Although inspired Scripture is sufficient for all things relating to salvation Jn 20:31, yet we need fellowship with God Himself and the teaching and direct activity of the indwelling Holy Spirit applying the Word of God to us as individuals to fully learn Christian behaviour Gal 5:25.

We learn from Christ in a different manner, by being double-yoked with Him Mat 11:29, looking to Him Heb 12:2 and His example 1Pe 2:21, failing which the godly will be chastised as children by a loving father Heb 12:5-11 in order that they may learn to walk in holiness, which is not what many think it is Gal 4:19, and walk in love Eph 5:2 as Christ loved us, being imitators of God Himself Eph 5:1 and Mat 5:45-48. The absence of such chastising correction calls into question one’s Christian profession Heb 12:8.

The apostle Paul thought, spoke and behaved as if in Christ’s presence 2Cor 10:17. The sense of Christ’s presence and oversight guided his behaviour 2Cor 2:10. Christians ought to act similarly, instead of looking over their shoulder at what others expect them to do.

The Holy Spirit commends those who ‘checked out’ the teaching of the apostle Paul Act 17:11, how much more other Christian teachers? We need godly mentors, godly examples. Be sure to ask God to help you to find them – and do not slavishly follow them, but only so far as they are imitators of Christ. Paul gives us the example: “we do not have dominion over your faith, but we are helpers of your joy, because you stand by faith’ 2Cor 1:24.

So we have 1. the Word of God, 2. Christian example, which needs to be compared with Scripture and 3. the Spirit of God applying the Father’s loving correction to Christ’s disciples to ensure that the godly learn from Christ and ‘grow in grace and in the experimental knowledge of our Lord and Saviour Jesus Christ’ 2Pe 3:18. The word ‘disciple’ has the same root as ‘discipline’, which is often abused in the Christian church as if it is punishment. The Christian church is supposed to help us, not control nor hinder us Lk 11:52 and Gal 5:7. Nevertheless, the godly are Christ’s disciples, being taught, disciplined or corrected by the Holy Spirit using the Word of God, godly examples and the collective Christian church, so that they learn to walk in Christ’s steps.

Table of Contents

This is work in progress: chapters are being added with the aim that they will be clickable for you to consult and make suggestions.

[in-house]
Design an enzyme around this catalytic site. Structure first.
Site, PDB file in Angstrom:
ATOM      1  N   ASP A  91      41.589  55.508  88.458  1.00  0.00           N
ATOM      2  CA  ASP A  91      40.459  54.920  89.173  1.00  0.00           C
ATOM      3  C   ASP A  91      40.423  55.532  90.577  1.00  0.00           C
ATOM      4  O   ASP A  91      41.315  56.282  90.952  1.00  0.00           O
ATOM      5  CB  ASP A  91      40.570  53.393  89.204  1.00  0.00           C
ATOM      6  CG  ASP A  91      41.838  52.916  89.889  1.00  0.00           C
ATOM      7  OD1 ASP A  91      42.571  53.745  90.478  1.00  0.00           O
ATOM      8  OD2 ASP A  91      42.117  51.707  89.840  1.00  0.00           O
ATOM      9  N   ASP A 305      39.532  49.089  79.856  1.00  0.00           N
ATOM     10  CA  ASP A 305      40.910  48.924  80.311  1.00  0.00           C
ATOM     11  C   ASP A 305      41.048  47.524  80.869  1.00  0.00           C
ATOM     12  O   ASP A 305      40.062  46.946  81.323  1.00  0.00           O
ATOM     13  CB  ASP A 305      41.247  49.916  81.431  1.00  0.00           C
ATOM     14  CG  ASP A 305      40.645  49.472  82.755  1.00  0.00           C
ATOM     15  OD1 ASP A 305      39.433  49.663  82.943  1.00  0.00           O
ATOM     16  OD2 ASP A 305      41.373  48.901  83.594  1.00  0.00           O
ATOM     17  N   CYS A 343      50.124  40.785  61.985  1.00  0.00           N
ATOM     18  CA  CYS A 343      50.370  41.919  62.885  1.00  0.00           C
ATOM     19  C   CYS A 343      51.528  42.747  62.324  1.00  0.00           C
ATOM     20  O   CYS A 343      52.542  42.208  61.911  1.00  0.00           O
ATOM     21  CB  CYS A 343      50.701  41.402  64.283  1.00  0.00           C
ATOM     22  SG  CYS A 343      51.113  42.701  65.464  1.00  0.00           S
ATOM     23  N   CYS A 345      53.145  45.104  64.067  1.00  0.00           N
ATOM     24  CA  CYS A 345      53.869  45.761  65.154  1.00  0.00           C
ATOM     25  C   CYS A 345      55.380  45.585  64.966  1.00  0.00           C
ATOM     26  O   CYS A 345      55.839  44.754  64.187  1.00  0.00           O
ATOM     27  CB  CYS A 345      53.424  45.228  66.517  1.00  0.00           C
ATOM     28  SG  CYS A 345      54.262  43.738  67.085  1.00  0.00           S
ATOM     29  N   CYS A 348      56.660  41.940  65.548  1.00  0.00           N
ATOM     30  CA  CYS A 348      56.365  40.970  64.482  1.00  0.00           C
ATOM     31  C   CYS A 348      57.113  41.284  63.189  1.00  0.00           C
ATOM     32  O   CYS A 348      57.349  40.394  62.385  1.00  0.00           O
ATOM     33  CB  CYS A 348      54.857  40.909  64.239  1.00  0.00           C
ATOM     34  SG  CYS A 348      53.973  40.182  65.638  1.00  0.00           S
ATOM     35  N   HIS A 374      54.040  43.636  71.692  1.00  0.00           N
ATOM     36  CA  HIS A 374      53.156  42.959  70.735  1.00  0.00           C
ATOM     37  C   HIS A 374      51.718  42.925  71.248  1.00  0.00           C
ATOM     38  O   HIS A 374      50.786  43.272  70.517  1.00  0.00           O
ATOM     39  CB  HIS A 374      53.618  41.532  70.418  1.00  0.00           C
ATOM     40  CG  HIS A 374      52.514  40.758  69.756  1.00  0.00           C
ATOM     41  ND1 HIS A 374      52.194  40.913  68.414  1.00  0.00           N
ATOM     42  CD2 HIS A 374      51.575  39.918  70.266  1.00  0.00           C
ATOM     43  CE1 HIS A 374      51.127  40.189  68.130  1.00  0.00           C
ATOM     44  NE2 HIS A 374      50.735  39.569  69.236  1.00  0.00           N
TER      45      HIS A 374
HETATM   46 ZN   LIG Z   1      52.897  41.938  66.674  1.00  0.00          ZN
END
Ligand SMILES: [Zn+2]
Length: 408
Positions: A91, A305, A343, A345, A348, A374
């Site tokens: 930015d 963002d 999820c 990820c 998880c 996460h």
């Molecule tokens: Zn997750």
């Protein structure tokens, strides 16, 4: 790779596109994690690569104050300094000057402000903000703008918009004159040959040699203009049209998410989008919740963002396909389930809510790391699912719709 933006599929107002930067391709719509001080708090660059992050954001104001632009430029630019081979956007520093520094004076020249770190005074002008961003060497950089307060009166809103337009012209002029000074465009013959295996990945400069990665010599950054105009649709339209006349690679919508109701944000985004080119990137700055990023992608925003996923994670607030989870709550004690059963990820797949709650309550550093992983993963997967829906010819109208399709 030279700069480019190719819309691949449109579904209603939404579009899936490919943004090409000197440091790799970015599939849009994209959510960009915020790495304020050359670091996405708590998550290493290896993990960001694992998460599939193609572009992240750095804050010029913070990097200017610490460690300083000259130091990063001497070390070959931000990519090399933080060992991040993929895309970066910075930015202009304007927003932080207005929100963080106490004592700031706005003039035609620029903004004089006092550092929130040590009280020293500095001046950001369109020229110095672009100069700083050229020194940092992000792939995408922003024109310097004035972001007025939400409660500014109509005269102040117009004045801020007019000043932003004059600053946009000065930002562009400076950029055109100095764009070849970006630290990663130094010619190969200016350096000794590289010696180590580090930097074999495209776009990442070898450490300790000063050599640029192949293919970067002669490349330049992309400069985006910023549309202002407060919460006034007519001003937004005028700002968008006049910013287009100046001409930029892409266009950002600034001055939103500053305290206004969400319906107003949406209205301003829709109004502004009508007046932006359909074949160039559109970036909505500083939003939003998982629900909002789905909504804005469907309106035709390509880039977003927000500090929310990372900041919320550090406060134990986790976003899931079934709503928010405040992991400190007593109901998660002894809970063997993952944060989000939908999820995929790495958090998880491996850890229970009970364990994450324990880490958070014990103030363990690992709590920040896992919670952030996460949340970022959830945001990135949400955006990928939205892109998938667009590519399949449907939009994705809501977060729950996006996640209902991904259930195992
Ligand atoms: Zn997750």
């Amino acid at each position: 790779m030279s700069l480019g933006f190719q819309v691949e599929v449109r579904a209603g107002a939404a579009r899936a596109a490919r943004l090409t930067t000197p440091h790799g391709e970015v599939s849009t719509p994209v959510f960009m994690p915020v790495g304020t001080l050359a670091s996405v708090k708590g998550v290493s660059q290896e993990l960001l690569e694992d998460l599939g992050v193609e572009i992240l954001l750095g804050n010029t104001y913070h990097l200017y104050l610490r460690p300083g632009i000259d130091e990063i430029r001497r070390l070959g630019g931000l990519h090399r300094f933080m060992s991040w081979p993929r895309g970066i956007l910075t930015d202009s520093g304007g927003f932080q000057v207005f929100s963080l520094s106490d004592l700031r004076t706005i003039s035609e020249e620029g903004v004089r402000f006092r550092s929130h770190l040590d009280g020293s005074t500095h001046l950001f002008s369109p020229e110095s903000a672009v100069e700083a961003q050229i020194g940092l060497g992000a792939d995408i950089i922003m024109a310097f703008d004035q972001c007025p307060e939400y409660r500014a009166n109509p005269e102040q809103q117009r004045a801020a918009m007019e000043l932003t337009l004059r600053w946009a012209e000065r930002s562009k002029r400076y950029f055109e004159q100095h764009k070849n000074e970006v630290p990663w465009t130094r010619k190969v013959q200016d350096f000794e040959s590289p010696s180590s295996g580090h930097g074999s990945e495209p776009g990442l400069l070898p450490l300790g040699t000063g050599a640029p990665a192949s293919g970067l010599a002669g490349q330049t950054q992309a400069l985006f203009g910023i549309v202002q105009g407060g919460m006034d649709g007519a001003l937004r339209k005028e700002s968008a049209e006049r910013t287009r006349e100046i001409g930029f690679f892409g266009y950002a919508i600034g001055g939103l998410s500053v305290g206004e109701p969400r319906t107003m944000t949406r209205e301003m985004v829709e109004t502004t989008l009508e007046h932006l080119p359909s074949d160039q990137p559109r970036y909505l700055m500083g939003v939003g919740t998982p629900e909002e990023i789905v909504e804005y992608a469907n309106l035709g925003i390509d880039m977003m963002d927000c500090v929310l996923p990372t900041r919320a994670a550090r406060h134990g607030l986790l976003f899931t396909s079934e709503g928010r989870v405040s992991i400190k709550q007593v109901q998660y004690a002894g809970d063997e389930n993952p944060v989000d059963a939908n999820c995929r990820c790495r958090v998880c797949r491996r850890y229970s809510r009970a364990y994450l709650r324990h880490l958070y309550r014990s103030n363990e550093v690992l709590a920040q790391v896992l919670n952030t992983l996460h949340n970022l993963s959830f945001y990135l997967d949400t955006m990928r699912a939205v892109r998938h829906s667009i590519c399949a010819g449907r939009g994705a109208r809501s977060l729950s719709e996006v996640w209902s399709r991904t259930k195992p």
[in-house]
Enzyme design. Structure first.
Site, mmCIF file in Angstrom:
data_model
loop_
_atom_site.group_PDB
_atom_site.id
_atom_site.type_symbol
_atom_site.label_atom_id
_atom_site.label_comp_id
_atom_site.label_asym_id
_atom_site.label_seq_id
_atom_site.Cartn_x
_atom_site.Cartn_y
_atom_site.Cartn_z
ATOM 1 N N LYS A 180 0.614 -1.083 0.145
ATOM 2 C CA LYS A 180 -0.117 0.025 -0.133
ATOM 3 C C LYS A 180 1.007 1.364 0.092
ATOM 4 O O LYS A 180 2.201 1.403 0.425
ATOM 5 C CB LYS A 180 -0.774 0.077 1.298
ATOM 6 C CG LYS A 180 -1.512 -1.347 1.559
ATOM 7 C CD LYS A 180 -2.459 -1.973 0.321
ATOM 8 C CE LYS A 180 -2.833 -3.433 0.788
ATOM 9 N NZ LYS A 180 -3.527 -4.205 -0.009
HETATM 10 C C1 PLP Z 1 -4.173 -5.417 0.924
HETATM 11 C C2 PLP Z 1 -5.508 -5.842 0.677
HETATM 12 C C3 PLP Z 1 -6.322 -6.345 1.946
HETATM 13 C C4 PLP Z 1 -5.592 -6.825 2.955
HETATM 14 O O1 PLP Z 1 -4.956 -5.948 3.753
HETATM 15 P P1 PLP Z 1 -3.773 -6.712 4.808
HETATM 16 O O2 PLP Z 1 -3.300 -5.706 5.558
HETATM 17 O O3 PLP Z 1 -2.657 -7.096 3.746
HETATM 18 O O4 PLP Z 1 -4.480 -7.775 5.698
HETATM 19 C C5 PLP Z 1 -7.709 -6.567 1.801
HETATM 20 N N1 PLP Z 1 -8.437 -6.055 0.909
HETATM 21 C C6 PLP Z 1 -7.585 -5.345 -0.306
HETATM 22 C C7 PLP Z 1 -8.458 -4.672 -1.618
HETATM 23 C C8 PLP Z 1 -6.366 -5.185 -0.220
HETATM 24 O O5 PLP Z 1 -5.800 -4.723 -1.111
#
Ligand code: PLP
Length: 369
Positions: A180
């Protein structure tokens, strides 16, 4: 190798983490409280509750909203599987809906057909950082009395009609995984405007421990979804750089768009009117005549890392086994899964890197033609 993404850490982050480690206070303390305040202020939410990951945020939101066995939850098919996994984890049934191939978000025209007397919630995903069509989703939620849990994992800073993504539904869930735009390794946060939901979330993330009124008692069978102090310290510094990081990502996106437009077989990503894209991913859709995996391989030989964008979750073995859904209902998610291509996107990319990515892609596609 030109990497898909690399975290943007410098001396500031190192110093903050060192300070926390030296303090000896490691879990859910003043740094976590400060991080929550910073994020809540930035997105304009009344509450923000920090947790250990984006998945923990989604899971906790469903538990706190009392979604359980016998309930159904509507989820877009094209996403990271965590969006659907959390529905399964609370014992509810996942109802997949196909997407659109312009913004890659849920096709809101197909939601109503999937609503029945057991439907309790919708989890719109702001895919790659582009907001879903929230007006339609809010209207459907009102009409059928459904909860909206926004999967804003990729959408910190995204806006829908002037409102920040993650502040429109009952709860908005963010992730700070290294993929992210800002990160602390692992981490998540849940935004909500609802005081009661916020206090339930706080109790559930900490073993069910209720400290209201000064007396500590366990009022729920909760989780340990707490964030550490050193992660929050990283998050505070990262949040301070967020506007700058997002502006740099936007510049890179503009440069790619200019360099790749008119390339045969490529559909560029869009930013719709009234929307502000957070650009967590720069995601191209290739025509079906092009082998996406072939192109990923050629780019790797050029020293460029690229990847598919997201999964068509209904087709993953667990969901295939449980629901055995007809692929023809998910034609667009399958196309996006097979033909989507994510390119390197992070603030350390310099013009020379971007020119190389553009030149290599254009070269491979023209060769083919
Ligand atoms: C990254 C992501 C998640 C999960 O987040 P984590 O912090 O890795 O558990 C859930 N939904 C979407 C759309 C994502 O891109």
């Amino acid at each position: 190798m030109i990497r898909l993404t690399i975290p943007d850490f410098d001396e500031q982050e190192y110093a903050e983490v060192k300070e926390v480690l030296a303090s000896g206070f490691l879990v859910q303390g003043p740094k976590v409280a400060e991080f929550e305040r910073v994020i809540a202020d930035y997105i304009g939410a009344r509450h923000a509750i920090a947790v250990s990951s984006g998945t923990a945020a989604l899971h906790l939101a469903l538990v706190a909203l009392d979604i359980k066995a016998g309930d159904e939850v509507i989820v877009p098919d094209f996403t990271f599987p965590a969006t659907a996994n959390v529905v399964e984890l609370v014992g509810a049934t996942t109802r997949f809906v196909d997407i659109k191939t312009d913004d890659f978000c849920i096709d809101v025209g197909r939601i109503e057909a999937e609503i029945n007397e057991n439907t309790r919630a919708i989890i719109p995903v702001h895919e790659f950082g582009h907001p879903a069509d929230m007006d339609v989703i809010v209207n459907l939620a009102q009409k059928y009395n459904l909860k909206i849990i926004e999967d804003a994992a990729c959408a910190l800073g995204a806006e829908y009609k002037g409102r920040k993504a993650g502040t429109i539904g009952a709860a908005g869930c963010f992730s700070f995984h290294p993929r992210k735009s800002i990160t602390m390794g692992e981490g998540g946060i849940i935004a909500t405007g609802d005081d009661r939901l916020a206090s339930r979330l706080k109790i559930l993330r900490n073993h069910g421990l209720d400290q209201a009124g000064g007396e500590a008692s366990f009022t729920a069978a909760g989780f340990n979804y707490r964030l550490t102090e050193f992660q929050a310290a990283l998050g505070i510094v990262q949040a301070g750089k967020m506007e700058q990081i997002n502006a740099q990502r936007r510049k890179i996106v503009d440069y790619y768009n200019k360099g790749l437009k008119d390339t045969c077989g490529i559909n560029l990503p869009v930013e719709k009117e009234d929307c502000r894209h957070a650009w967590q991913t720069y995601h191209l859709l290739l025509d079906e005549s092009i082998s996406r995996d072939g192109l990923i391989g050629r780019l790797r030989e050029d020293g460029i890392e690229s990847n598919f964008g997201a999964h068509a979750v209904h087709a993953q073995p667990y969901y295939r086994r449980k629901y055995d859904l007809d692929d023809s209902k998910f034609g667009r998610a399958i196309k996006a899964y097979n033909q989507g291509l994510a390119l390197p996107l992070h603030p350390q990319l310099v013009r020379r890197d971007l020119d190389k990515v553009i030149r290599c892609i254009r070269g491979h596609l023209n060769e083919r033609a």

Section 1 Personal behaviour

Section 2 Domestic behaviour

  • Family worship
  • Meals: grace before and after eating; communal activity
  • Church attendance
  • Parents, children and the fifth commandment
  • Siblings
  • Extended family
  • Family time: hobbies, holidays, mentoring

Section 3 Congregational behaviour

  • Public worship: leadership, Regulative and Normative Principle,
  • Prayer meetings: congregational and open prayer meetings
  • Outreach: equipping for personal and collective outreach
  • Community service and witness

Section 4 Ecclesiastical behaviour

  • Local church
  • Collective: church government
    • independency, presbyterian, episcopacy
    • biblical government
      • of worship, teaching, mentoring

Section 5 Denominational behaviour

  • Authority, control and loyalty
  • Ministries and government
  • Oversight of congregations, their worship and governance
  • Established churches, national churches, voluntary organisations, house-churches, para-church organisations
  • Teaching and confessions of faith, creeds and Christian discipline
  • Systems of theology: Calvinism, Arminianism, Socinianism, Roman Catholicism, Orthodoxy.
  • Constitutions, ecclesiastical regulations, subordinate standards and the Word of God
  • Conscientious scruples, dissent and accommodation, and protest
  • Missiology, ecumenism and the worldwide church.
  • Relationship with other faiths and people of other faiths: Jews and Judaism, muslims and islam, etc. Christian sects and Arianism, Socianism, etc.
  • Eschatological impact upon denominational behaviour
  • Prophecy, exegesis, teaching and application of Scripture.

Section 6 Civil behaviour

  • Loving one’s neighbour
  • Christian citizenship
  • Employment
  • Voluntary and community work
  • Politics: local, national and international

Section 7 National behaviour

  • The Christian constitution of the nation
  • Authority, the rule of law
  • The Establishment Principle
  • Government: division of powers – legislative, executive and justiciary
    • democracy, autocracy, theocracy, benign and malign dictatorship, totalitarianism.
  • Voting and conscientious objection
  • Civil rights and duties.